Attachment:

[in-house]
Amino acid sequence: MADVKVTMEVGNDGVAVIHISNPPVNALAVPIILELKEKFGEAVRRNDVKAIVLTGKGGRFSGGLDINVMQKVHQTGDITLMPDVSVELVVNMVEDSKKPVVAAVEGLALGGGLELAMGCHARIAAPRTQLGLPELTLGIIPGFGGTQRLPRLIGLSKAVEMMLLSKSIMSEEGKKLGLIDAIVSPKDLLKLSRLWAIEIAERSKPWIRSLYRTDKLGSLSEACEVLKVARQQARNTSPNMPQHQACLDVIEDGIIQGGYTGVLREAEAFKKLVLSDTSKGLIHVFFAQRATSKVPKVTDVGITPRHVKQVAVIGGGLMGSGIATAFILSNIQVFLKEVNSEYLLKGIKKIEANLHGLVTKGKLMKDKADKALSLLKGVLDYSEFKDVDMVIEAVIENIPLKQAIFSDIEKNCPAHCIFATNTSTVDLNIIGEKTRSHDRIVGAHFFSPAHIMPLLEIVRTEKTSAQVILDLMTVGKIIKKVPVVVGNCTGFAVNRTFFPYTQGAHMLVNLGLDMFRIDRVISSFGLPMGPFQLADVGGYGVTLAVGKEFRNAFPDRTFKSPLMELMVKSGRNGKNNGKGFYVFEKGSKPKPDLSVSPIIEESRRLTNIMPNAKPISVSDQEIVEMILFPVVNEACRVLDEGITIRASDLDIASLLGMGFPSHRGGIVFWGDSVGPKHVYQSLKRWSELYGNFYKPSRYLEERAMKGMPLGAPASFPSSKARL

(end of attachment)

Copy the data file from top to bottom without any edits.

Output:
[in-house]
Amino acid sequence: MADVKVTMEVGNDGVAVIHISNPPVNALAVPIILELKEKFGEAVRRNDVKAIVLTGKGGRFSGGLDINVMQKVHQTGDITLMPDVSVELVVNMVEDSKKPVVAAVEGLALGGGLELAMGCHARIAAPRTQLGLPELTLGIIPGFGGTQRLPRLIGLSKAVEMMLLSKSIMSEEGKKLGLIDAIVSPKDLLKLSRLWAIEIAERSKPWIRSLYRTDKLGSLSEACEVLKVARQQARNTSPNMPQHQACLDVIEDGIIQGGYTGVLREAEAFKKLVLSDTSKGLIHVFFAQRATSKVPKVTDVGITPRHVKQVAVIGGGLMGSGIATAFILSNIQVFLKEVNSEYLLKGIKKIEANLHGLVTKGKLMKDKADKALSLLKGVLDYSEFKDVDMVIEAVIENIPLKQAIFSDIEKNCPAHCIFATNTSTVDLNIIGEKTRSHDRIVGAHFFSPAHIMPLLEIVRTEKTSAQVILDLMTVGKIIKKVPVVVGNCTGFAVNRTFFPYTQGAHMLVNLGLDMFRIDRVISSFGLPMGPFQLADVGGYGVTLAVGKEFRNAFPDRTFKSPLMELMVKSGRNGKNNGKGFYVFEKGSKPKPDLSVSPIIEESRRLTNIMPNAKPISVSDQEIVEMILFPVVNEACRVLDEGITIRASDLDIASLLGMGFPSHRGGIVFWGDSVGPKHVYQSLKRWSELYGNFYKPSRYLEERAMKGMPLGAPASFPSSKARL